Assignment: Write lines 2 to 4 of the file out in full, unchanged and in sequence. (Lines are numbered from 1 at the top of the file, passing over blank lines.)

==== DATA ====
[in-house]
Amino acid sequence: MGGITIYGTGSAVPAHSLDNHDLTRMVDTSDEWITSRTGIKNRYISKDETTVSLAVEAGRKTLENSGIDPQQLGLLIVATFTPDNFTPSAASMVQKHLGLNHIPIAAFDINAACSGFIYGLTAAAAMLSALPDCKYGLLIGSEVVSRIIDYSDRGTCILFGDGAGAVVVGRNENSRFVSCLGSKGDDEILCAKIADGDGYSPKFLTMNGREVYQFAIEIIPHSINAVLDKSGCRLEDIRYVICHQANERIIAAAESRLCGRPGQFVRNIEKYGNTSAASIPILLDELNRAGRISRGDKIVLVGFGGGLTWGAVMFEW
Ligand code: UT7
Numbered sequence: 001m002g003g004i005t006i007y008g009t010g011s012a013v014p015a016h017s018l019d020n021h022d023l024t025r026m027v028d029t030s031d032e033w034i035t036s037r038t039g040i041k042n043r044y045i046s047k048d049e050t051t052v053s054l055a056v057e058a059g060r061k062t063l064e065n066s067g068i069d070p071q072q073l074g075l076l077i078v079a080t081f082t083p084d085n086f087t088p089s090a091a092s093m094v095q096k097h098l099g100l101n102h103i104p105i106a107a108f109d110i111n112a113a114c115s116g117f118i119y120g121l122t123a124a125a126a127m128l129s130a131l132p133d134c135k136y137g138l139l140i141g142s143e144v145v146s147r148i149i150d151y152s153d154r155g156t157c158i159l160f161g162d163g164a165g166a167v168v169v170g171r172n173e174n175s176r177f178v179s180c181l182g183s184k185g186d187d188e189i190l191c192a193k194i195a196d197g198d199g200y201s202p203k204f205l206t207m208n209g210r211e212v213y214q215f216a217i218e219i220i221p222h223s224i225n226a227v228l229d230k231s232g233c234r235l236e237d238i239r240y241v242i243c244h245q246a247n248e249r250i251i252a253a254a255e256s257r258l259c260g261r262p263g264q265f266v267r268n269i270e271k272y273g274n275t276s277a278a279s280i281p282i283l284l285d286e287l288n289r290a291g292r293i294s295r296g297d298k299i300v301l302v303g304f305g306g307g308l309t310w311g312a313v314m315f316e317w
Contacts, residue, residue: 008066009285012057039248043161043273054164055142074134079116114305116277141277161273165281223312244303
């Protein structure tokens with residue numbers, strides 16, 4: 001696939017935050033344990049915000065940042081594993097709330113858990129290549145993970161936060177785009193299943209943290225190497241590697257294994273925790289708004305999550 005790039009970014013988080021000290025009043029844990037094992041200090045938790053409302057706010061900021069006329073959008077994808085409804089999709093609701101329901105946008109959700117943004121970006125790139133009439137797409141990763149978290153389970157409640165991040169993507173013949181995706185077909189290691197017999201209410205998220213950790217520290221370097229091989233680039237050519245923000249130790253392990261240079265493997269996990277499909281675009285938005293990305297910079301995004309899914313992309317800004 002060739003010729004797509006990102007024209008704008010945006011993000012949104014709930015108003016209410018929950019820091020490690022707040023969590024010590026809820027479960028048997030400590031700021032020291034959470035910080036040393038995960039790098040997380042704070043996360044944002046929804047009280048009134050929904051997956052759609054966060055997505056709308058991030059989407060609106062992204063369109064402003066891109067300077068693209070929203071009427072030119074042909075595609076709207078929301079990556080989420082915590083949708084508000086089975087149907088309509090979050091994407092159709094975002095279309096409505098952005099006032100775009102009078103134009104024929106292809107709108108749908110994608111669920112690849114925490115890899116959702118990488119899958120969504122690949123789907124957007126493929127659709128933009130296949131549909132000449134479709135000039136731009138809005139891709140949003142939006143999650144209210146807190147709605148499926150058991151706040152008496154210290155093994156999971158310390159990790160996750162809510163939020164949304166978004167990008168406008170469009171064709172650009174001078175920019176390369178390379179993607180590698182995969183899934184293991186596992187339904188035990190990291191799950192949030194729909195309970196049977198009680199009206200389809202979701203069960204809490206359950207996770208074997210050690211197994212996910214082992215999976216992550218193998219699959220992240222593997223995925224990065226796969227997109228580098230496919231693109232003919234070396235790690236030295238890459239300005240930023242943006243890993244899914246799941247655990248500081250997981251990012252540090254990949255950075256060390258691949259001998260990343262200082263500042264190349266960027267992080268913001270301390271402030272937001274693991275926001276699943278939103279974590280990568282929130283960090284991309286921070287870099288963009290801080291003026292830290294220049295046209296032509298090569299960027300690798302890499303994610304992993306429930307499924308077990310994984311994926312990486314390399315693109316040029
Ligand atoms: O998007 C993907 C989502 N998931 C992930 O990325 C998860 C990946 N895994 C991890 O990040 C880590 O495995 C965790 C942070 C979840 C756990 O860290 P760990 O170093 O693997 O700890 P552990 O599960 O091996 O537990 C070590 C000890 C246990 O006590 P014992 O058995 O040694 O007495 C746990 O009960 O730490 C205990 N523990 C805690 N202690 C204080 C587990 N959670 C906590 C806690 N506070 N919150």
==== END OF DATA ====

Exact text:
Amino acid sequence: MGGITIYGTGSAVPAHSLDNHDLTRMVDTSDEWITSRTGIKNRYISKDETTVSLAVEAGRKTLENSGIDPQQLGLLIVATFTPDNFTPSAASMVQKHLGLNHIPIAAFDINAACSGFIYGLTAAAAMLSALPDCKYGLLIGSEVVSRIIDYSDRGTCILFGDGAGAVVVGRNENSRFVSCLGSKGDDEILCAKIADGDGYSPKFLTMNGREVYQFAIEIIPHSINAVLDKSGCRLEDIRYVICHQANERIIAAAESRLCGRPGQFVRNIEKYGNTSAASIPILLDELNRAGRISRGDKIVLVGFGGGLTWGAVMFEW
Ligand code: UT7
Numbered sequence: 001m002g003g004i005t006i007y008g009t010g011s012a013v014p015a016h017s018l019d020n021h022d023l024t025r026m027v028d029t030s031d032e033w034i035t036s037r038t039g040i041k042n043r044y045i046s047k048d049e050t051t052v053s054l055a056v057e058a059g060r061k062t063l064e065n066s067g068i069d070p071q072q073l074g075l076l077i078v079a080t081f082t083p084d085n086f087t088p089s090a091a092s093m094v095q096k097h098l099g100l101n102h103i104p105i106a107a108f109d110i111n112a113a114c115s116g117f118i119y120g121l122t123a124a125a126a127m128l129s130a131l132p133d134c135k136y137g138l139l140i141g142s143e144v145v146s147r148i149i150d151y152s153d154r155g156t157c158i159l160f161g162d163g164a165g166a167v168v169v170g171r172n173e174n175s176r177f178v179s180c181l182g183s184k185g186d187d188e189i190l191c192a193k194i195a196d197g198d199g200y201s202p203k204f205l206t207m208n209g210r211e212v213y214q215f216a217i218e219i220i221p222h223s224i225n226a227v228l229d230k231s232g233c234r235l236e237d238i239r240y241v242i243c244h245q246a247n248e249r250i251i252a253a254a255e256s257r258l259c260g261r262p263g264q265f266v267r268n269i270e271k272y273g274n275t276s277a278a279s280i281p282i283l284l285d286e287l288n289r290a291g292r293i294s295r296g297d298k299i300v301l302v303g304f305g306g307g308l309t310w311g312a313v314m315f316e317w